The studio has been involved with the New Orleans school since 2016. It proposed creating the Material Insititute to offer local youth, aged between 14 to 30, a place to develop artistic practices.
“Material Institute is a place where students are able to express themselves in a creative and professional way, and are supported to gain financial independence through their craft,” Assemble’s Maria Lisogorskaya told Dezeen.
“The goal of the Institute is to provide space, tools and professional guidance to those who would not have access to these opportunities otherwise – communities for whom affordable enriching education has been lacking,” she added.
Teaching practices are intended to be experimental, drawing on the precedent of North Carolina’s Black Mountain College, which was founded in 1933. The school, whose teachers included Buckminster Fuller , focused on a holistic and unusual approach to education, including non-hierarchical methods and allowing students to chose when they graduated.
“Material Institute grows out of the incredible, unique and diverse heritage of craft, costuming and fashions of New Orleans, as well as progressive educational models such as Black Mountain College,” said Assemble’s Louis Schulz.
“The Institute’s programme is designed to encourage learning through hands-on experimentation in both traditional craft and high fashion,” she continued.
The project involved the overhaul of a former car mechanics garage in the southern city’s St Roch area, which is a 10-minute drive from the well-known French Quarter. The Embassy recording studio and 24 Carrot cooperate garden , also founded by MONA, are nearby.
Assemble has kept finishes simple, including exposed concrete floors and white-painted walls and brickwork. These are contrasted by orange-hued exposed structural beams, and ceilings coloured mint, which forms part of the overall aesthetic to team the industrial and the tropical.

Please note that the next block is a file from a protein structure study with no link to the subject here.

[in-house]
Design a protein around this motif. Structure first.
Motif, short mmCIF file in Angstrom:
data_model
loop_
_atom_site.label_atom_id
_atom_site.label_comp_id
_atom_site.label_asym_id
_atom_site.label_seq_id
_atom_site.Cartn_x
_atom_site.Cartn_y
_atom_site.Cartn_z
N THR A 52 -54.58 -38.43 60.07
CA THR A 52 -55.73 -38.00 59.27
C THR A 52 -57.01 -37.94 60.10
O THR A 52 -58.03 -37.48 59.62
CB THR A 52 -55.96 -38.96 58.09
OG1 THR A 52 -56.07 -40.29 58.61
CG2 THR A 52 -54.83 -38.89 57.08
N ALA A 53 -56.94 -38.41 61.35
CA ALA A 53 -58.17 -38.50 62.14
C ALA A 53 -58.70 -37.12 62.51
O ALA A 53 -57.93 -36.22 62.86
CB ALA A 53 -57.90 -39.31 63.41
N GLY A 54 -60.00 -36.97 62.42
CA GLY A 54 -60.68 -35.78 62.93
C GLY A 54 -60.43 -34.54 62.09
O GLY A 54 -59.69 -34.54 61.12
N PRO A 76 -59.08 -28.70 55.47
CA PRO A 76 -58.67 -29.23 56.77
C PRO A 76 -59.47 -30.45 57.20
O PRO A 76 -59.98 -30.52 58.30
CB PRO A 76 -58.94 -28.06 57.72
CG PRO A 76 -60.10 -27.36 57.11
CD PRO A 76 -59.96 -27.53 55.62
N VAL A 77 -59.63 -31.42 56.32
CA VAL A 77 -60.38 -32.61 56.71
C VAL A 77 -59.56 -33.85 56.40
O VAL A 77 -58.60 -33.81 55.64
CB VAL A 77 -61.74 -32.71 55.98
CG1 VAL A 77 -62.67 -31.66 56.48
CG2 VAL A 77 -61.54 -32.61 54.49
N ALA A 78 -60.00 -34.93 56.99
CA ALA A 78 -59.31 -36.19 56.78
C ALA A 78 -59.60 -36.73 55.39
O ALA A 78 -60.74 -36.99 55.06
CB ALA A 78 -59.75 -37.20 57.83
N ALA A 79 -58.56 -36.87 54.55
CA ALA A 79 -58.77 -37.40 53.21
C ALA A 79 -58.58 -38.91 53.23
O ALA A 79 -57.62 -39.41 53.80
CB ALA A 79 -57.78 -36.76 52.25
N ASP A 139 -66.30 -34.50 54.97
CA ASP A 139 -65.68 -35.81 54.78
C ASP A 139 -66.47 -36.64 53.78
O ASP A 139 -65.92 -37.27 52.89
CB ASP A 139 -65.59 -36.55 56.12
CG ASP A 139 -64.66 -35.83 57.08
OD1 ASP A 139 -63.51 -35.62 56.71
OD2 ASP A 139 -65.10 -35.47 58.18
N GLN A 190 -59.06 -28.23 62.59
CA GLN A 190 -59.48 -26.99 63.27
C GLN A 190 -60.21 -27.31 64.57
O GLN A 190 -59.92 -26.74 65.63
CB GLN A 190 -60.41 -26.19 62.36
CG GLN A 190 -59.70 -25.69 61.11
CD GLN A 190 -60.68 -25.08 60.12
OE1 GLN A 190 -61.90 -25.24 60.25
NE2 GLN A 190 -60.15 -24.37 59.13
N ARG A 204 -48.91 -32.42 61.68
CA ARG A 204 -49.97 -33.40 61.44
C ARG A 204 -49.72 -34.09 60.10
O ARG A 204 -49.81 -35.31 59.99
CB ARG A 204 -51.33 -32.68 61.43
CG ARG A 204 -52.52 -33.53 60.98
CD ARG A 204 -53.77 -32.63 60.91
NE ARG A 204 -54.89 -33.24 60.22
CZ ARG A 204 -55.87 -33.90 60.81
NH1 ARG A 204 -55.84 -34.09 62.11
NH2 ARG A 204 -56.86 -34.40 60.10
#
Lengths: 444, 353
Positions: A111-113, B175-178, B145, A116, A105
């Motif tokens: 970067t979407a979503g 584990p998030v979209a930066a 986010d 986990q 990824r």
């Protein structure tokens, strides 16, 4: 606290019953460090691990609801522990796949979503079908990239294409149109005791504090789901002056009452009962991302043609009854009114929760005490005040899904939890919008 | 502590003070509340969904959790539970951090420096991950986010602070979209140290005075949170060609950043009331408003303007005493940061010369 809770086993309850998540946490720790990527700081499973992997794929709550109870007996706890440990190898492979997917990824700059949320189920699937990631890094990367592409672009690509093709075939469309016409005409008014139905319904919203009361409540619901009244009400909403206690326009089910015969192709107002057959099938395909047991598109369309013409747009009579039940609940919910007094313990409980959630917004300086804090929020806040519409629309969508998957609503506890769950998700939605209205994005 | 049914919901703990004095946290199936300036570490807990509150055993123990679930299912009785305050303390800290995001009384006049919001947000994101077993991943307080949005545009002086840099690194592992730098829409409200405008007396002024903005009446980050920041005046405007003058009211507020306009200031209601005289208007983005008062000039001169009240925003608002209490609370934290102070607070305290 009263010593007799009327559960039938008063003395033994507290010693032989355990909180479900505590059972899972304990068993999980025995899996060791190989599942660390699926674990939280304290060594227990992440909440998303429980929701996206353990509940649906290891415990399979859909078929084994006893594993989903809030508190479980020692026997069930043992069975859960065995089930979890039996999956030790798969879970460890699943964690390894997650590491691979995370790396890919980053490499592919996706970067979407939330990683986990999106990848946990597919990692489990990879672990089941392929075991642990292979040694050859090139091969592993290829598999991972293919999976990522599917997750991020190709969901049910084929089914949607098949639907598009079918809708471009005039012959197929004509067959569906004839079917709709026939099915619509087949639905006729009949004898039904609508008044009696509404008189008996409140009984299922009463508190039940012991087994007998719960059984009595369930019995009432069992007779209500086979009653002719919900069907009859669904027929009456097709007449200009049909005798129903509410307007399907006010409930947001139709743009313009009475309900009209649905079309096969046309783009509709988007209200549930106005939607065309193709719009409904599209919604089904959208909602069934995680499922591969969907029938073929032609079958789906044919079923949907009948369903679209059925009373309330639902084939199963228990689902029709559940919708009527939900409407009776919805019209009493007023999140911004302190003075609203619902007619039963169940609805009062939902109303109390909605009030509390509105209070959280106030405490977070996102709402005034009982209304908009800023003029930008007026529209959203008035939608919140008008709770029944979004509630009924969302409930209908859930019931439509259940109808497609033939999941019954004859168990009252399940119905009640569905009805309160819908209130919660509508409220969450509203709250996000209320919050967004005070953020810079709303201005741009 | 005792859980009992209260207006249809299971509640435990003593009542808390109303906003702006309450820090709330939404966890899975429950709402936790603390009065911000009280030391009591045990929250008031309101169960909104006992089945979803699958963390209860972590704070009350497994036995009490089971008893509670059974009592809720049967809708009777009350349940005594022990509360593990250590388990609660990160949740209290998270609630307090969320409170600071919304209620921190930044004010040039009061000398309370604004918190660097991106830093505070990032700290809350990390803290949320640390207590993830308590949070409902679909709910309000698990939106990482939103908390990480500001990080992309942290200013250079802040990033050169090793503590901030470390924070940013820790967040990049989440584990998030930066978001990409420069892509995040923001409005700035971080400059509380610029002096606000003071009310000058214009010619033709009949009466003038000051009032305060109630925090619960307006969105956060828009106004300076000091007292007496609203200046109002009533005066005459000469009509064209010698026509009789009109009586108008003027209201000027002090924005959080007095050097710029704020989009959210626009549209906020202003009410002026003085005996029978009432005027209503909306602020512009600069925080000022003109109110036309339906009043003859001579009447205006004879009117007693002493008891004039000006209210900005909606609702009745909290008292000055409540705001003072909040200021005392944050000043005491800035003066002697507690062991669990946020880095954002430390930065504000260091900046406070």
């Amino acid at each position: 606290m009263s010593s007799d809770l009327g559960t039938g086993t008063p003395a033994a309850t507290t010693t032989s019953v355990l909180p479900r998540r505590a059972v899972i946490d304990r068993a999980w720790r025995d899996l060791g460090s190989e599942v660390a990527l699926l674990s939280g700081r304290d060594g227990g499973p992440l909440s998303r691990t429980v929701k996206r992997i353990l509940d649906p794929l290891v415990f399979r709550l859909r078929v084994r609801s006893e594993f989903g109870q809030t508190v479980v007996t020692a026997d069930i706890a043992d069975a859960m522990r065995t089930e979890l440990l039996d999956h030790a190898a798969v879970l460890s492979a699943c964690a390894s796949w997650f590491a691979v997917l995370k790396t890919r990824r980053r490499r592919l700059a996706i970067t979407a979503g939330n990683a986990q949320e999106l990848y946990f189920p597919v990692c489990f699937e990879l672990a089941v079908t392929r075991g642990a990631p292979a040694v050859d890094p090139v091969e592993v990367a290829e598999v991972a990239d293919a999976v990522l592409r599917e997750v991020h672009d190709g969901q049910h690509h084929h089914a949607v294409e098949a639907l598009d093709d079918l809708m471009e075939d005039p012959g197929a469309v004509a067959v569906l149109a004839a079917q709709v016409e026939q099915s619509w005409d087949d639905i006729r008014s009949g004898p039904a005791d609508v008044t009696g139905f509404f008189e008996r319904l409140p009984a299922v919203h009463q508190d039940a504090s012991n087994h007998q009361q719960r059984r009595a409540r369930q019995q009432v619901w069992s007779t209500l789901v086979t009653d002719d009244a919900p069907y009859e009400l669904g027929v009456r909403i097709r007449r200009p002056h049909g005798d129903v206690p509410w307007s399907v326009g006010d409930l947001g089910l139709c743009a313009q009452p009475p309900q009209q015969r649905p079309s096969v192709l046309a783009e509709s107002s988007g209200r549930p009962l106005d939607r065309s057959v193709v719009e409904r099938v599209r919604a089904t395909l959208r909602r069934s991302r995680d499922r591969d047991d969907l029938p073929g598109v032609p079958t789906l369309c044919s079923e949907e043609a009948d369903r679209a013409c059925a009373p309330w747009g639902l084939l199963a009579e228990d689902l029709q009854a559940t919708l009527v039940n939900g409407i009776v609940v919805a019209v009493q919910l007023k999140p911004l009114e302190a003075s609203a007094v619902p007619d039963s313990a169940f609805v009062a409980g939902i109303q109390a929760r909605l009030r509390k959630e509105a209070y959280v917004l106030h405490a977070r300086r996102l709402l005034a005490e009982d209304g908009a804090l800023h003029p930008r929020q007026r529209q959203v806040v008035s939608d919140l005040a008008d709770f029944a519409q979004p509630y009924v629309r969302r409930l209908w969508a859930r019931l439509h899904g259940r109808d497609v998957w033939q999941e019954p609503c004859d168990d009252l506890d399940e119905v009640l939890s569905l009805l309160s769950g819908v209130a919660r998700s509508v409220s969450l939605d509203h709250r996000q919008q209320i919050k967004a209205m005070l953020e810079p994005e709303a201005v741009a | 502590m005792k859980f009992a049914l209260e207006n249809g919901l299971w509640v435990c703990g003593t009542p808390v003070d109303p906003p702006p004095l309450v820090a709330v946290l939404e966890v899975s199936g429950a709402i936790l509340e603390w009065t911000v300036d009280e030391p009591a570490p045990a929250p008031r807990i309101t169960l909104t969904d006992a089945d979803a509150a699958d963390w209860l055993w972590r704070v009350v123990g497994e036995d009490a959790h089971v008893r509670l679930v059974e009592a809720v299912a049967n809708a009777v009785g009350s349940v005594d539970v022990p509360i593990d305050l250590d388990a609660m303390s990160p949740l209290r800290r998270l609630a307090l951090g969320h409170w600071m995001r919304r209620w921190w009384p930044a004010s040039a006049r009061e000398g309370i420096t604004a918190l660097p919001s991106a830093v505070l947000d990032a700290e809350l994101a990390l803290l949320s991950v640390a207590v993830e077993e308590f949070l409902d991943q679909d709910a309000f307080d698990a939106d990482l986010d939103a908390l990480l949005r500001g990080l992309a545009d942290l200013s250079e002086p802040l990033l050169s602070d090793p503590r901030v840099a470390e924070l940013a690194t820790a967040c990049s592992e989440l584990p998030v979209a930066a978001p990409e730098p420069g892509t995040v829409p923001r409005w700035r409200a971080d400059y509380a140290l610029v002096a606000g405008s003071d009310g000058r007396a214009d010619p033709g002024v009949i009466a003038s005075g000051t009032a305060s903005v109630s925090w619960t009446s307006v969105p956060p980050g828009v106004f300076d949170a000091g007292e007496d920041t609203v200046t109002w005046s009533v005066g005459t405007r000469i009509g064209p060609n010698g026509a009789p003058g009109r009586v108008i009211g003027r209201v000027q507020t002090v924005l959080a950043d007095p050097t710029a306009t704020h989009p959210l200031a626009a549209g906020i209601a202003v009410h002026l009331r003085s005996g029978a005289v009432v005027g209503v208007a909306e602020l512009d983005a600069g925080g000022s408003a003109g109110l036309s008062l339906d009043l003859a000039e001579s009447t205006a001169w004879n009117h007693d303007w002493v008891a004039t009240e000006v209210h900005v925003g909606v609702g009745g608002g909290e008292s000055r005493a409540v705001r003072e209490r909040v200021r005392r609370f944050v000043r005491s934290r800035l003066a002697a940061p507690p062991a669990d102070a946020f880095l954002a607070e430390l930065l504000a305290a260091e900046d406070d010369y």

A key feature of the interiors is a series of openings defined by rugged edges, as if they were created during demolition. “The large windows were created by removing sections of existing cinder blocks, exposing the block edges behind slick panes of glass,” said Lisogorskaya.
For the furniture, Assemble designed and welded everything on site. A sewing room features bright orange chairs and chandelier prototypes dip-dyed in indigo.
The studio collaborated with local and global fashion and textile designers for the entire project, from its inception to the current state.
In addition to creating the physical space, Assemble also designed the pilot phase of the educational programme, which ran from November to December 2018. The founding curriculum includes pattern cutting, draping, design, textile experimentation, embellishment and textile printing, culminating in a fashion show on-site.
Assemble also specified all facilities – including sewing machines, a large dye sublimation printer and heat press, weaving loom and natural dye lab tools.
The programme is currently operating at an interim scale of a short 10-week programme. Plans are for the school to become a permanent institution for New Orleans.
Founded in 2010, Assemble has created a handful of projects in barren plots, such as turning two derelict houses into Liverpool’s Granby Winter Garden and designing Goldsmith’s art centre in London in a public bathhouse.
Photography is by Kelly Colley unless stated otherwise.
Contractors and consultants: Aimée Toledano, Serius Enterprises, The Embassy, Nola DDM, Terrisiah Ty Zakar, Tracy Dundas, Atelier Orleans, Extreme Powder Coating, Broad Glass, Batture Engineers, Paper Machine, House of Aama, Able Audio, Adjoa Armah, Claire Miller, Tysean Riles, Kim Folse
Collaborators: MONA, Big Chief Demond Melancon, Faustine Steinmetz, Kenneth Ize, Carola Jones, Kristine Pichon, Kai Bussant
The post Assemble turns derelict New Orleans building into experimental fashion school appeared first on Dezeen .